It's non-trivial work to ensure every commit is green, and I think the value provided (rollback granularity) is minimal. I would prefer that our default policy be for the PR as a whole to be green, and when rollback is necessary, rollback the entire PR.

I agree with the other criteria and I believe we could cut this bullet and the above goal of granular rollback.

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@kennknowles

kennknowles Nov 26, 2018

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I actually experimented with git aliases / scripts to do this automatically. It isn't terribly hard for precommits - you iterate over all unmerged commits and force push them one by one. This might flood Jenkins a bit. It would be nice to have this for postcommits. It seems like it ought to be a checkbox in Jenkins config actually.

I also want to mention that the rollback PR should be green except in rare cases. So a green rollback of one commit is just great.

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@kennknowles

kennknowles Nov 26, 2018

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I would simply remove this bullet. I don't think there's anything that is both reasonable and actionable.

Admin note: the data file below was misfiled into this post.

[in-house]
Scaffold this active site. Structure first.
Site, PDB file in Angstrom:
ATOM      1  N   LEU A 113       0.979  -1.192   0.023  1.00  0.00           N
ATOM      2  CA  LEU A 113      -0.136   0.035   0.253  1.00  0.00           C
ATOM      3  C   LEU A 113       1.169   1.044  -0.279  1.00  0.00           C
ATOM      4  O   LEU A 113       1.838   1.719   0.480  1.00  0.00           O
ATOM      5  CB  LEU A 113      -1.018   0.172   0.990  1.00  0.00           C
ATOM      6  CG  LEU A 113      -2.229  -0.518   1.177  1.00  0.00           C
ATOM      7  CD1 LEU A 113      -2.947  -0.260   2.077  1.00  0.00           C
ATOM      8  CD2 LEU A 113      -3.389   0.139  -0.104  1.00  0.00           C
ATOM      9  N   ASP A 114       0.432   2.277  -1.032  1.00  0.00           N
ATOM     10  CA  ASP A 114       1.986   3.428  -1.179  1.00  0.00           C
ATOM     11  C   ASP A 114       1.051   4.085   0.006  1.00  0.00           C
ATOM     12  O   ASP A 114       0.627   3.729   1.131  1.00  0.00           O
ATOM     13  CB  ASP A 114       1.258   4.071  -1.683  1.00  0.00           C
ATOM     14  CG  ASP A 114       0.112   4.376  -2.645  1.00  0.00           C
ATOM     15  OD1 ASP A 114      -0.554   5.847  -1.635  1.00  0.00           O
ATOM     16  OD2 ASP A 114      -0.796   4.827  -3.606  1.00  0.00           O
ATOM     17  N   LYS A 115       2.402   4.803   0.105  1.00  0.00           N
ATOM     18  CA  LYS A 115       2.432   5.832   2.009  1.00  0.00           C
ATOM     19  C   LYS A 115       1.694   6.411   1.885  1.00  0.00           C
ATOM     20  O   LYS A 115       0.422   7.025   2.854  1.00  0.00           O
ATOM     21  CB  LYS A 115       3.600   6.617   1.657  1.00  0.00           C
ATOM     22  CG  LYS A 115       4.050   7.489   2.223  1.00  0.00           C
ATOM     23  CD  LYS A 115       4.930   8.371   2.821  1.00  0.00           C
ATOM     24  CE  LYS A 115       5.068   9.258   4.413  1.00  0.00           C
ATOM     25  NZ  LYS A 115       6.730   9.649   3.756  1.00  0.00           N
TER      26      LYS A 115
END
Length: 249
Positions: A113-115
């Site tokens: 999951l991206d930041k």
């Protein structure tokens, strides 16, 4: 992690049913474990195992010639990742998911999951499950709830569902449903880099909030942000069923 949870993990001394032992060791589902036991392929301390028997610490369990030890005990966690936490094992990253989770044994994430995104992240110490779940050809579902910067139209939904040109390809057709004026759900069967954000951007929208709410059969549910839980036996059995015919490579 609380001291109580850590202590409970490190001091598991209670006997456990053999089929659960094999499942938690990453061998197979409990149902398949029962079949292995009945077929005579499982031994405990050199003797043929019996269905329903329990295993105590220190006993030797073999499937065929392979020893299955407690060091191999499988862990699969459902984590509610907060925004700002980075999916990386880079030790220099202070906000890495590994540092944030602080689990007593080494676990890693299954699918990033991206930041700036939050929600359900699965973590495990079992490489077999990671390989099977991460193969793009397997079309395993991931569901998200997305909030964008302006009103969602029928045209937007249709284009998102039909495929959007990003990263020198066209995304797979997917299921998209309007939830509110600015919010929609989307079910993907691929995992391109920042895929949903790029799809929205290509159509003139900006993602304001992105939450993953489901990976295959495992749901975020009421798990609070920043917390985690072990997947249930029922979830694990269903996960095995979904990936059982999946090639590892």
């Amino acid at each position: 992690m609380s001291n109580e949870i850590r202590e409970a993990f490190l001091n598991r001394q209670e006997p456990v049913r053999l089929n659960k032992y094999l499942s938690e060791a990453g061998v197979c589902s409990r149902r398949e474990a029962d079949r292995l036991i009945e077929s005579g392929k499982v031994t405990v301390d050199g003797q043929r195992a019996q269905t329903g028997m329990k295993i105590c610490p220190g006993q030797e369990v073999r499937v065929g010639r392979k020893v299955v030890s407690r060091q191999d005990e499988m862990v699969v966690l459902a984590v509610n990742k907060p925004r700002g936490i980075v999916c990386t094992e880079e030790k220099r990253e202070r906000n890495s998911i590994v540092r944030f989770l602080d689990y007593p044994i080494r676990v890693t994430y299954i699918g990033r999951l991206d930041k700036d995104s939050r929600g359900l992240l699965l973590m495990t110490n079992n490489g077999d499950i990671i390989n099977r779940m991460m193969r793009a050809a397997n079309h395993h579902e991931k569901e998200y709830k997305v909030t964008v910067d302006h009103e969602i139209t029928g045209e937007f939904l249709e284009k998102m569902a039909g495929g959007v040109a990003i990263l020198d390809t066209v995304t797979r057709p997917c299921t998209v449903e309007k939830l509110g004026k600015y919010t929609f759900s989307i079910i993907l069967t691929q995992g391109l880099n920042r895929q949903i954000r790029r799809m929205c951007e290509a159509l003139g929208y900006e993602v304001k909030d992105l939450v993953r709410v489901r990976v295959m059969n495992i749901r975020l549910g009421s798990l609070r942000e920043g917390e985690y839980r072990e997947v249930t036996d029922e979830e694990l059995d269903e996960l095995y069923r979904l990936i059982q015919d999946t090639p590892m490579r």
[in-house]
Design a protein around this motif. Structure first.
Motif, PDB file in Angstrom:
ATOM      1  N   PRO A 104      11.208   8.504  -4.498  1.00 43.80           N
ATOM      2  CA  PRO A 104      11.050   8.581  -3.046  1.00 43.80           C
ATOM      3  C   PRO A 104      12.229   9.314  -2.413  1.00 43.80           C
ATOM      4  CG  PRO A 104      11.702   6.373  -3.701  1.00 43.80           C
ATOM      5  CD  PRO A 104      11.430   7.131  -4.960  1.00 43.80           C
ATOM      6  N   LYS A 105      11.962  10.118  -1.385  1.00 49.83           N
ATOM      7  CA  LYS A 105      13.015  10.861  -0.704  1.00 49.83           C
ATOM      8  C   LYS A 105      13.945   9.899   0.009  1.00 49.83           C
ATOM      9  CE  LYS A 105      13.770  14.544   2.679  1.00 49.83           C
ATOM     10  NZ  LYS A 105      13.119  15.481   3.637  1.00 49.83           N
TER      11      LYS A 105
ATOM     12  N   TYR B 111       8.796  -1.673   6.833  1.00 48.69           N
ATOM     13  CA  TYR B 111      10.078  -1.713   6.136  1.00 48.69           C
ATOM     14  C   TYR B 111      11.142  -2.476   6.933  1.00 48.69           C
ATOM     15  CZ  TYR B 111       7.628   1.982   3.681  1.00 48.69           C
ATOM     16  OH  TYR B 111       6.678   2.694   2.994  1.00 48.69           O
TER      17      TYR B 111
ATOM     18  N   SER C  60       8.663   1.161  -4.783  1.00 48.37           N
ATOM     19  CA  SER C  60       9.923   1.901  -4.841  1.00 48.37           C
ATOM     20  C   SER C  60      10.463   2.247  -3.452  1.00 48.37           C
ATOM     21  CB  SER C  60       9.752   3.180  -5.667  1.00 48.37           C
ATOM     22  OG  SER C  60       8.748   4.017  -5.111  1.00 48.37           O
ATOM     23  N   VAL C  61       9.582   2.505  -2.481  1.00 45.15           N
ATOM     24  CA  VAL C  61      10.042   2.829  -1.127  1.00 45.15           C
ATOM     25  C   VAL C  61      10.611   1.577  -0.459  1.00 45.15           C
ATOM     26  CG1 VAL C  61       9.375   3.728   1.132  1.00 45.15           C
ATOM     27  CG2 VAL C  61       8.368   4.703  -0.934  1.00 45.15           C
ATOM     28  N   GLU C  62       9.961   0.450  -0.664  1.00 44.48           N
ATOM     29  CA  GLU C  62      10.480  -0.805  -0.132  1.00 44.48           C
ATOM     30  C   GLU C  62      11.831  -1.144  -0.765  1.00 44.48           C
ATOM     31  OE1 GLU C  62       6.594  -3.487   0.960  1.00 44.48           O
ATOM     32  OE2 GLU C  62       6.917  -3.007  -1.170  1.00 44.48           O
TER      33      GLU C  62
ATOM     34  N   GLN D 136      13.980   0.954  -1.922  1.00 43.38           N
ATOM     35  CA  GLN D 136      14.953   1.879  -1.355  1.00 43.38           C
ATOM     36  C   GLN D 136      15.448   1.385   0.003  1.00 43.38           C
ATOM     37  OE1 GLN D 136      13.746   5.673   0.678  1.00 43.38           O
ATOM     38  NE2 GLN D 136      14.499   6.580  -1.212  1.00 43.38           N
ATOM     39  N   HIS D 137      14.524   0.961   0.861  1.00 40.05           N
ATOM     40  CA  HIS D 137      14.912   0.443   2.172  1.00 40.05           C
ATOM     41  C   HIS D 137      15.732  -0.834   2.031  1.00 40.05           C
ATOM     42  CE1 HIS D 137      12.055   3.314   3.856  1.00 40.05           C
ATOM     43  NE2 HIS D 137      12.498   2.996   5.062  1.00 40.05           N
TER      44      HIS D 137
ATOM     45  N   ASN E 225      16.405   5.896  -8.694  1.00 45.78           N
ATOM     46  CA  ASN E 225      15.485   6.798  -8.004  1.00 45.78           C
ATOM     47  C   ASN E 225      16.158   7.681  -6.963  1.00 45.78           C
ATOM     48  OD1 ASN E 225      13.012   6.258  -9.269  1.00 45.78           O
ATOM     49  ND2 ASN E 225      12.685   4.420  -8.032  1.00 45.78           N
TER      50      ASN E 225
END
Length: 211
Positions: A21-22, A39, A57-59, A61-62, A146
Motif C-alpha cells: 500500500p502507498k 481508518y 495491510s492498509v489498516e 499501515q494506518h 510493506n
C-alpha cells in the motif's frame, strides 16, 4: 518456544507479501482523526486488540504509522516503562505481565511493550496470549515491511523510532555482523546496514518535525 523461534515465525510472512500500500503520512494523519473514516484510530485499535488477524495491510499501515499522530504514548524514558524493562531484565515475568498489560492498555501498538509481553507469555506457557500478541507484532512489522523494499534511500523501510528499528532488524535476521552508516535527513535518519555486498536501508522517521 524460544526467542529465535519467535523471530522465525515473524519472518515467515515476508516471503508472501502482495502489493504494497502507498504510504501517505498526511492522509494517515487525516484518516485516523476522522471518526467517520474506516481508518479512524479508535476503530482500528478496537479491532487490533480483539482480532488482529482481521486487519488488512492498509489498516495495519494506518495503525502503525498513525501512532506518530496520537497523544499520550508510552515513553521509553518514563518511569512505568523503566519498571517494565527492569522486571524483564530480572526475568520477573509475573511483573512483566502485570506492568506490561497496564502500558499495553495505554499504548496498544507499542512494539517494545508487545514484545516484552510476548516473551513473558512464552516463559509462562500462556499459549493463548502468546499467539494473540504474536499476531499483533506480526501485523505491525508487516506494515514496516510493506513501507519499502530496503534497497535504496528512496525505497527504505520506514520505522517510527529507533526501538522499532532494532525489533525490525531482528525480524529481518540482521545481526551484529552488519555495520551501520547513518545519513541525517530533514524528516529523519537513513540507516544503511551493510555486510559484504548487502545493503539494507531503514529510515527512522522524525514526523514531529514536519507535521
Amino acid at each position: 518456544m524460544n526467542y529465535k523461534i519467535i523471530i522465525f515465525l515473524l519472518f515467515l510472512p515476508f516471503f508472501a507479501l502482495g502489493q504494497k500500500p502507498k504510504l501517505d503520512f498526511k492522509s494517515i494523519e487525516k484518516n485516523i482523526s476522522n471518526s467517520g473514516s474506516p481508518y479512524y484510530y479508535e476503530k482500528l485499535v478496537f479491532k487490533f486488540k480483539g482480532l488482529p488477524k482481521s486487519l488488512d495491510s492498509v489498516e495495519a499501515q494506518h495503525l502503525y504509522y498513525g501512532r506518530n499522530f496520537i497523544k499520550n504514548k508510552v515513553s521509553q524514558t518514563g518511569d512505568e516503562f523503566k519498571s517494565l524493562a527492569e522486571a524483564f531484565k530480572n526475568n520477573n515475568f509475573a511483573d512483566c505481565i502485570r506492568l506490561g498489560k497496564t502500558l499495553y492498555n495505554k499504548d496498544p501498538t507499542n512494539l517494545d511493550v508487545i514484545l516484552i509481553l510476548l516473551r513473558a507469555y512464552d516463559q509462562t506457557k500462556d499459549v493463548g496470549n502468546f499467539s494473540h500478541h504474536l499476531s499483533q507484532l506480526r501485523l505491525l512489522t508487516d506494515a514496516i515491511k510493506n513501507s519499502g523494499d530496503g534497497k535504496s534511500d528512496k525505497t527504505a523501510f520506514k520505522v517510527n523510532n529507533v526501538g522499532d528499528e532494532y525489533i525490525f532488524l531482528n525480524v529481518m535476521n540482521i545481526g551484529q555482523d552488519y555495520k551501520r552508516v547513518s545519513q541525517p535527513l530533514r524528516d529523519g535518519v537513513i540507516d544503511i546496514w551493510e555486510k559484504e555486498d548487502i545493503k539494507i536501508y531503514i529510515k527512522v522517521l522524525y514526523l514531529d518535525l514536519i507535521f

In practice, one may often revert a whole PR as Scott suggests. You can always open multiple reverts for the whole PR, various commits in the PR, etc, and choose one (the first?) that restores signal. It is then easy enough to roll forward innocent commits that were caught in the dragnet.

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@tweise

tweise Nov 26, 2018

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Looks like there is agreement to just drop this item.

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@mxm

mxm Nov 28, 2018

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The beauty of every PR compiling and passing tests is that you can use git-bisect without any trouble. There might be a way to bisect only with merge commits; individual broken commits wouldn't matter then.

Instead of dropping the paragraph we could rephrase it to "Ideally, every commit should compile and pass tests" but I generally agree that it is not practical nor do we have the right test infrastructure to verify it.

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@robertwb

robertwb Nov 29, 2018

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I was also about to suggest softening this to "Generally, every commit should compile and past tests." This makes it more of a (valuable IMHO) guideline rather than something we require or enforce.

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@tweise

tweise Nov 30, 2018

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Changed wording as suggested by Robert.